My latest piece for the Civitas Institute discusses Raleigh's rezoning plan, citizens' concerns, and the legal outlook in terms of property rights. The city seemed unprepared for the massive public outcry over what the Unified Development Ordinance (UDO) would mean for long-term residents' way of life. Some feel that the city is giving too much control over to federal and international entities by taking national grants and adopting United Nations standards:
Zoning is supposed to be performed at the municipal level, subject to state laws. But some Raleigh residents are concerned that the city’s planning initiative is largely driven by federal and international guidelines.
The City of Raleigh’s 2012-2013 annual grant report lists of a number of federal grants that push top-down ideas of how municipalities should plan for the future. Wonderful as the money may seem, federal largesse does not come without strings attached.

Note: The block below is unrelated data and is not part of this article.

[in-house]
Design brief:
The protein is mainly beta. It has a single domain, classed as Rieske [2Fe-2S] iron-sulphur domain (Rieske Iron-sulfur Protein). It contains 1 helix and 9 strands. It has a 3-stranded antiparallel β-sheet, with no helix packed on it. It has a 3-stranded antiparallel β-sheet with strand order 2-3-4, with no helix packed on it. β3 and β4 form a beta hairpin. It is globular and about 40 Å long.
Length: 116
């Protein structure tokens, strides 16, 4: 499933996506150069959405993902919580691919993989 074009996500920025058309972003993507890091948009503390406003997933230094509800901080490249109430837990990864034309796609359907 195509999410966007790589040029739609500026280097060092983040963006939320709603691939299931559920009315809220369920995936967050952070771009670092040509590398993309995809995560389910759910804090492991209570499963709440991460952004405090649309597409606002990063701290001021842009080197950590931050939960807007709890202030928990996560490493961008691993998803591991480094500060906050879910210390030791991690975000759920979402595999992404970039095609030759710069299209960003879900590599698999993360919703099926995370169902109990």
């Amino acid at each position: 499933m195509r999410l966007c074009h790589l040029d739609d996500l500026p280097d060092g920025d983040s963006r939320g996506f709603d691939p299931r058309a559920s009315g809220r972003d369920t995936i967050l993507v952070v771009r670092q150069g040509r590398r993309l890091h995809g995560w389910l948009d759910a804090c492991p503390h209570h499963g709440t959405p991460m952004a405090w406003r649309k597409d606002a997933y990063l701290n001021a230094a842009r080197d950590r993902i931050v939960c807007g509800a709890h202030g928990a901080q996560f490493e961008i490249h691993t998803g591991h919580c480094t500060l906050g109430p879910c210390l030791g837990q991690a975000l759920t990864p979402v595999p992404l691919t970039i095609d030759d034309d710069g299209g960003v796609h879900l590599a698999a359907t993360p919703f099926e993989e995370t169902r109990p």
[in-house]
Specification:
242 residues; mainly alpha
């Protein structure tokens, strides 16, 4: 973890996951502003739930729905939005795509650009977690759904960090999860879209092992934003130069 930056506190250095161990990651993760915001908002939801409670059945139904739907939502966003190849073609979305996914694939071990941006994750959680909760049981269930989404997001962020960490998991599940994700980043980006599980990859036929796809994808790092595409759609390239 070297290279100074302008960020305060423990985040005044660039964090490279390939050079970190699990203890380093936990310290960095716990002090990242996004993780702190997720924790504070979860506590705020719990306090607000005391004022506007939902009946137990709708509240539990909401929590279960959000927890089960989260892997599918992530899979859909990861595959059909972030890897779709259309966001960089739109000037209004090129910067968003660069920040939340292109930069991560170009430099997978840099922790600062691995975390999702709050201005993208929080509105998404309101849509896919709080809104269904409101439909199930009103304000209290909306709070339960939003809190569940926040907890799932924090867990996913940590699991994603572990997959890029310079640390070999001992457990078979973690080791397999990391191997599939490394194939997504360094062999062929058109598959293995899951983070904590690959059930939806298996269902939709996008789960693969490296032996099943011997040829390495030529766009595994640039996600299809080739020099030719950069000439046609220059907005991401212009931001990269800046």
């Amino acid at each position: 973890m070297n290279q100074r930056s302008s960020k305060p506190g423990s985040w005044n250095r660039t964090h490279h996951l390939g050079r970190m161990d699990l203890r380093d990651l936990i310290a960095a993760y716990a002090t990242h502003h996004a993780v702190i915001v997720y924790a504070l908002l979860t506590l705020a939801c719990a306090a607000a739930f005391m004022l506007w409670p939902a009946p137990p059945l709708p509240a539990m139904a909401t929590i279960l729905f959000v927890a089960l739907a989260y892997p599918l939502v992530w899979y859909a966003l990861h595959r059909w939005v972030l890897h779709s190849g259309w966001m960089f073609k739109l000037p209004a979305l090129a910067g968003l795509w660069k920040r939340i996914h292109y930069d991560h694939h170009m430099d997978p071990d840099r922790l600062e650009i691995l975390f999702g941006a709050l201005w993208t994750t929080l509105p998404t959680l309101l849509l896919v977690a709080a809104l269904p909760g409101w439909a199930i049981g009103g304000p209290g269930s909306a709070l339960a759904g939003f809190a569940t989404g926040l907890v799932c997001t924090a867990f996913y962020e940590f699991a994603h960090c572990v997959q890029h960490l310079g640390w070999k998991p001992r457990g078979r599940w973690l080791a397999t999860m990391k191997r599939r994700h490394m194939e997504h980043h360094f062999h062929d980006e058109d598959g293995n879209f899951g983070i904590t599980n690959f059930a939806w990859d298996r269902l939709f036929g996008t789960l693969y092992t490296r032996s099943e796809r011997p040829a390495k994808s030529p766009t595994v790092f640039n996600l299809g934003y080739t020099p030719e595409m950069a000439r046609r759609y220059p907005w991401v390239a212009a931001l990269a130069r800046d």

Moreover, the WCTA is concerned that the UDO is part of a larger push for international control. “The cornerstone of the vision for these plans is sustainability,” the WCTA said. “Sustainability entails a green infrastructure that is costly, is an international plan, and is not part of our American form of government.”
Such standards, combined with the American Planning Association’s commitment to “social justice,” have put conservatives on alert that control of their lives is more and more based on high-level, top-down initiatives rather than local needs.